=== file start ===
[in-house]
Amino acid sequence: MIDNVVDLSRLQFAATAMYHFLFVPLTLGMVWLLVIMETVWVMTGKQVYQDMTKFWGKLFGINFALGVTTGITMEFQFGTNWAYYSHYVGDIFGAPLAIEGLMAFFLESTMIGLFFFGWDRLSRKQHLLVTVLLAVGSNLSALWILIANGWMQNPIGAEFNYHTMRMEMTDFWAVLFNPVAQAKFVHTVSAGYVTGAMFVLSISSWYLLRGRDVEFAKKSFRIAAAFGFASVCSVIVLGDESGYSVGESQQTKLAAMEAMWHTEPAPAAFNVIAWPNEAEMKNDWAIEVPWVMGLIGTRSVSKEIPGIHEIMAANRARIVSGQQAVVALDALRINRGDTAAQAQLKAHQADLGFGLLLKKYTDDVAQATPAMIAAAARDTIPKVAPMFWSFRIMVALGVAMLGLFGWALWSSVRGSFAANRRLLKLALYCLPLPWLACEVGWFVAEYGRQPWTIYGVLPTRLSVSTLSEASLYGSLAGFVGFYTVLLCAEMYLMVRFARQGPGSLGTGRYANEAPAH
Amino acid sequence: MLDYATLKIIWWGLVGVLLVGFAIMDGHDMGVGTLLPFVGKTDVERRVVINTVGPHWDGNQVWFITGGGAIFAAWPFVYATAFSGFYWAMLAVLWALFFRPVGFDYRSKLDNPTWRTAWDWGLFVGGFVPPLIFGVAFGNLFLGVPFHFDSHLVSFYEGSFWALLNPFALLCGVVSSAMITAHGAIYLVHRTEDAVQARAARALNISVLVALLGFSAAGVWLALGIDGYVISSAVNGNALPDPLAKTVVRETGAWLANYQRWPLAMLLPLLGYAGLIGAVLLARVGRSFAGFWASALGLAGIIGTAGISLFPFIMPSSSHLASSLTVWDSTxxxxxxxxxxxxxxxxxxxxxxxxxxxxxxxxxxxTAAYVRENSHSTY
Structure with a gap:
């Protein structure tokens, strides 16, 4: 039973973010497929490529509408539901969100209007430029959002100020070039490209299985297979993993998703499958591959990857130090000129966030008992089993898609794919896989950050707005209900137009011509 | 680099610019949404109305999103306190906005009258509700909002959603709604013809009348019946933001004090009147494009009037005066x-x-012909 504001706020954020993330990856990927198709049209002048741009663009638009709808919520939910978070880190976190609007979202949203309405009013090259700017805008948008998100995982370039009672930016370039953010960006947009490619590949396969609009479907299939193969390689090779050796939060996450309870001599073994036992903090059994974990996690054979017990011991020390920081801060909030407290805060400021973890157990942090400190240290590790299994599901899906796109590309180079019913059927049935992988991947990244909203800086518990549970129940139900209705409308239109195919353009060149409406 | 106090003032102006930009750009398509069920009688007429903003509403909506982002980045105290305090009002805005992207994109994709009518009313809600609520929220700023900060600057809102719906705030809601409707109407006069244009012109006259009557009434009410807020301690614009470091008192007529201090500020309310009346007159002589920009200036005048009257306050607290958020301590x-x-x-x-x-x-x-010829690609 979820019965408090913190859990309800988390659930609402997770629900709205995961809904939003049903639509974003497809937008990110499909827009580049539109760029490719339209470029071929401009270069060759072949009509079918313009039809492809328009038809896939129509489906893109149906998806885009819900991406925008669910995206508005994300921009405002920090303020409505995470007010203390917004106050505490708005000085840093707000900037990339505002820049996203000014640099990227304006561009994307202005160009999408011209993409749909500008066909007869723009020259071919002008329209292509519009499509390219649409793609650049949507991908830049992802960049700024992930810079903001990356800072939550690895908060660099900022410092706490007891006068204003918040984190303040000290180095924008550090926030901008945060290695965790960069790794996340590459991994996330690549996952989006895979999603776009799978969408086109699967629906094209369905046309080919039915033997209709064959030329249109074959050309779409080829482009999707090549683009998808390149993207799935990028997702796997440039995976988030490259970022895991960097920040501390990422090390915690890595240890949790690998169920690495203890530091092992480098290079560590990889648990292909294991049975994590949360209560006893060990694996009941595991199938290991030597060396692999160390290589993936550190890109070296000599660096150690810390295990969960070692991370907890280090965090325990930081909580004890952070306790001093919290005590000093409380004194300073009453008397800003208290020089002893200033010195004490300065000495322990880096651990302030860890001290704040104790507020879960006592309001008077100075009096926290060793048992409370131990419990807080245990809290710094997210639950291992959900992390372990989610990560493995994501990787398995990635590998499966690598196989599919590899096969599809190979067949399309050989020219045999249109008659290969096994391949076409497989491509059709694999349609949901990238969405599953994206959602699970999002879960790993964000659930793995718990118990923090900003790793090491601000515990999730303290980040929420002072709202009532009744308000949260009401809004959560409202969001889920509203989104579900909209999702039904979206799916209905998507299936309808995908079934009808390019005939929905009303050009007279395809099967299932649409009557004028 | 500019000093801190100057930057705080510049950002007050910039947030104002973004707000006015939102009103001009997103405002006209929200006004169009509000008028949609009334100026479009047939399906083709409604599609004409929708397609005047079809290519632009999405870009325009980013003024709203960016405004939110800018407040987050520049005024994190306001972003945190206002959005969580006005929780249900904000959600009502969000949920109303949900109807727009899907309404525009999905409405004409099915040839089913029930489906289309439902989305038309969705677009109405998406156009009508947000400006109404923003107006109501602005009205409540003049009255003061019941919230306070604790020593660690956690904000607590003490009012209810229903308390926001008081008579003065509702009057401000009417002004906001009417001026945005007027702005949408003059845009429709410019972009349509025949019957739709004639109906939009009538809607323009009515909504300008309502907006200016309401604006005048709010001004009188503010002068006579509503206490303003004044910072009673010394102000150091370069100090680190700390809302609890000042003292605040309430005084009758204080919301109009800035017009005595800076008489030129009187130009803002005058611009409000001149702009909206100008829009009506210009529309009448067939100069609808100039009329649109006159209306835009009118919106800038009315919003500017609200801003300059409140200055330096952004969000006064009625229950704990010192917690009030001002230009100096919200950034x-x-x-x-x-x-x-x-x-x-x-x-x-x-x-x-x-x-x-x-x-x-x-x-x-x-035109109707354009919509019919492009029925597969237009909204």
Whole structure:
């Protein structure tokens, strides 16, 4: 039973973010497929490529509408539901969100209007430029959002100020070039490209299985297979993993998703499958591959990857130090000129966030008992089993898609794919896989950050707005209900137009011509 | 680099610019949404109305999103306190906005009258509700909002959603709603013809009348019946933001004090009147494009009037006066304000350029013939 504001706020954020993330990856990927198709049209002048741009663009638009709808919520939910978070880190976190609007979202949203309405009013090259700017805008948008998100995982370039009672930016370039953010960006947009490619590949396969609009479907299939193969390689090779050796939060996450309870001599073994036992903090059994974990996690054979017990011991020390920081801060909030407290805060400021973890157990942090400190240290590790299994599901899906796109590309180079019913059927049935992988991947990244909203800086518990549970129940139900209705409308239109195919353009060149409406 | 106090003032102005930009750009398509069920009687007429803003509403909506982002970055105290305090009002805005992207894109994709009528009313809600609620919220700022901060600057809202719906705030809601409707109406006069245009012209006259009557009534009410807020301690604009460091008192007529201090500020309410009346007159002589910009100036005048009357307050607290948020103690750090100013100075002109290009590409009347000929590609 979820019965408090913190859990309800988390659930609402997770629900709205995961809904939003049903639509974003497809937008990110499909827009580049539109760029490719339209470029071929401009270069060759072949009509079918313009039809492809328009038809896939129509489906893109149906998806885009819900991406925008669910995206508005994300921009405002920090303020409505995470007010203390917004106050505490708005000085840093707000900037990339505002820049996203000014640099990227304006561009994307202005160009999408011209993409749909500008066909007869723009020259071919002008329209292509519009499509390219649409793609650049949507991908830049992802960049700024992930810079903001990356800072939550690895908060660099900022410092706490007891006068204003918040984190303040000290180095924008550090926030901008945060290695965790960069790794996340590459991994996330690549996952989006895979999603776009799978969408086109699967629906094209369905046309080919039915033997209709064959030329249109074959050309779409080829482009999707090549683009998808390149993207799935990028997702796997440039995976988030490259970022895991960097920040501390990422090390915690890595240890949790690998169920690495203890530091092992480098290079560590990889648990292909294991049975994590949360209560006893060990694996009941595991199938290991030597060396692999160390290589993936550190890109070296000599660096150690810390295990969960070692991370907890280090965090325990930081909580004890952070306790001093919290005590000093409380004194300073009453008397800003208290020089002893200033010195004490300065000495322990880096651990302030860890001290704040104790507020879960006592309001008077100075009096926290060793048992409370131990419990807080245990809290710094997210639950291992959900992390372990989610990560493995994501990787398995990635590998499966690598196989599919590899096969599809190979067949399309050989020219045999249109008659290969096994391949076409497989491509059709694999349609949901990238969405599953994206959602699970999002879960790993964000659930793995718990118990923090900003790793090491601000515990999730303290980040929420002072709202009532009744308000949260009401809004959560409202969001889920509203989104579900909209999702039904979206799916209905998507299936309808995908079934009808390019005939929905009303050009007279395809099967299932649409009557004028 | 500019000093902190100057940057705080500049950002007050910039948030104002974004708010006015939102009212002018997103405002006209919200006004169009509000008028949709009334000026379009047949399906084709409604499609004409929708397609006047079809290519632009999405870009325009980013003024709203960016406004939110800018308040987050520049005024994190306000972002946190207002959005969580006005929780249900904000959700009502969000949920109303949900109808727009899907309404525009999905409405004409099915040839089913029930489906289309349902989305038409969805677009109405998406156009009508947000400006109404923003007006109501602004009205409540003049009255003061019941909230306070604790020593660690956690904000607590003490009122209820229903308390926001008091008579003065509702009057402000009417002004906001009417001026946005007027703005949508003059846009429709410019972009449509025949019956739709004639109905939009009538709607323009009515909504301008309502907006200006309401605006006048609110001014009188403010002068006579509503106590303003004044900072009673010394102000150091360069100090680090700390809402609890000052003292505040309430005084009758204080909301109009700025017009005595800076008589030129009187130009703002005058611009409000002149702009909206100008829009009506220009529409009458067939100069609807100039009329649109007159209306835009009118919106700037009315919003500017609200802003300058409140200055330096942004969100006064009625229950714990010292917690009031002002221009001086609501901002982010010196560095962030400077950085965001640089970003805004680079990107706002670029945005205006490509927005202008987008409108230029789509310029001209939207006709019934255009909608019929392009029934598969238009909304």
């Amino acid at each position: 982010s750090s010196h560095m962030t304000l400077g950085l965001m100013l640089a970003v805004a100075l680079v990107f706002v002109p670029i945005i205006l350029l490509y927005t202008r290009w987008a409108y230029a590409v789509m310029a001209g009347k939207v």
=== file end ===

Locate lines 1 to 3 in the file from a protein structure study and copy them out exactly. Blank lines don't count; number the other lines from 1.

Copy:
[in-house]
Amino acid sequence: MIDNVVDLSRLQFAATAMYHFLFVPLTLGMVWLLVIMETVWVMTGKQVYQDMTKFWGKLFGINFALGVTTGITMEFQFGTNWAYYSHYVGDIFGAPLAIEGLMAFFLESTMIGLFFFGWDRLSRKQHLLVTVLLAVGSNLSALWILIANGWMQNPIGAEFNYHTMRMEMTDFWAVLFNPVAQAKFVHTVSAGYVTGAMFVLSISSWYLLRGRDVEFAKKSFRIAAAFGFASVCSVIVLGDESGYSVGESQQTKLAAMEAMWHTEPAPAAFNVIAWPNEAEMKNDWAIEVPWVMGLIGTRSVSKEIPGIHEIMAANRARIVSGQQAVVALDALRINRGDTAAQAQLKAHQADLGFGLLLKKYTDDVAQATPAMIAAAARDTIPKVAPMFWSFRIMVALGVAMLGLFGWALWSSVRGSFAANRRLLKLALYCLPLPWLACEVGWFVAEYGRQPWTIYGVLPTRLSVSTLSEASLYGSLAGFVGFYTVLLCAEMYLMVRFARQGPGSLGTGRYANEAPAH
Amino acid sequence: MLDYATLKIIWWGLVGVLLVGFAIMDGHDMGVGTLLPFVGKTDVERRVVINTVGPHWDGNQVWFITGGGAIFAAWPFVYATAFSGFYWAMLAVLWALFFRPVGFDYRSKLDNPTWRTAWDWGLFVGGFVPPLIFGVAFGNLFLGVPFHFDSHLVSFYEGSFWALLNPFALLCGVVSSAMITAHGAIYLVHRTEDAVQARAARALNISVLVALLGFSAAGVWLALGIDGYVISSAVNGNALPDPLAKTVVRETGAWLANYQRWPLAMLLPLLGYAGLIGAVLLARVGRSFAGFWASALGLAGIIGTAGISLFPFIMPSSSHLASSLTVWDSTxxxxxxxxxxxxxxxxxxxxxxxxxxxxxxxxxxxTAAYVRENSHSTY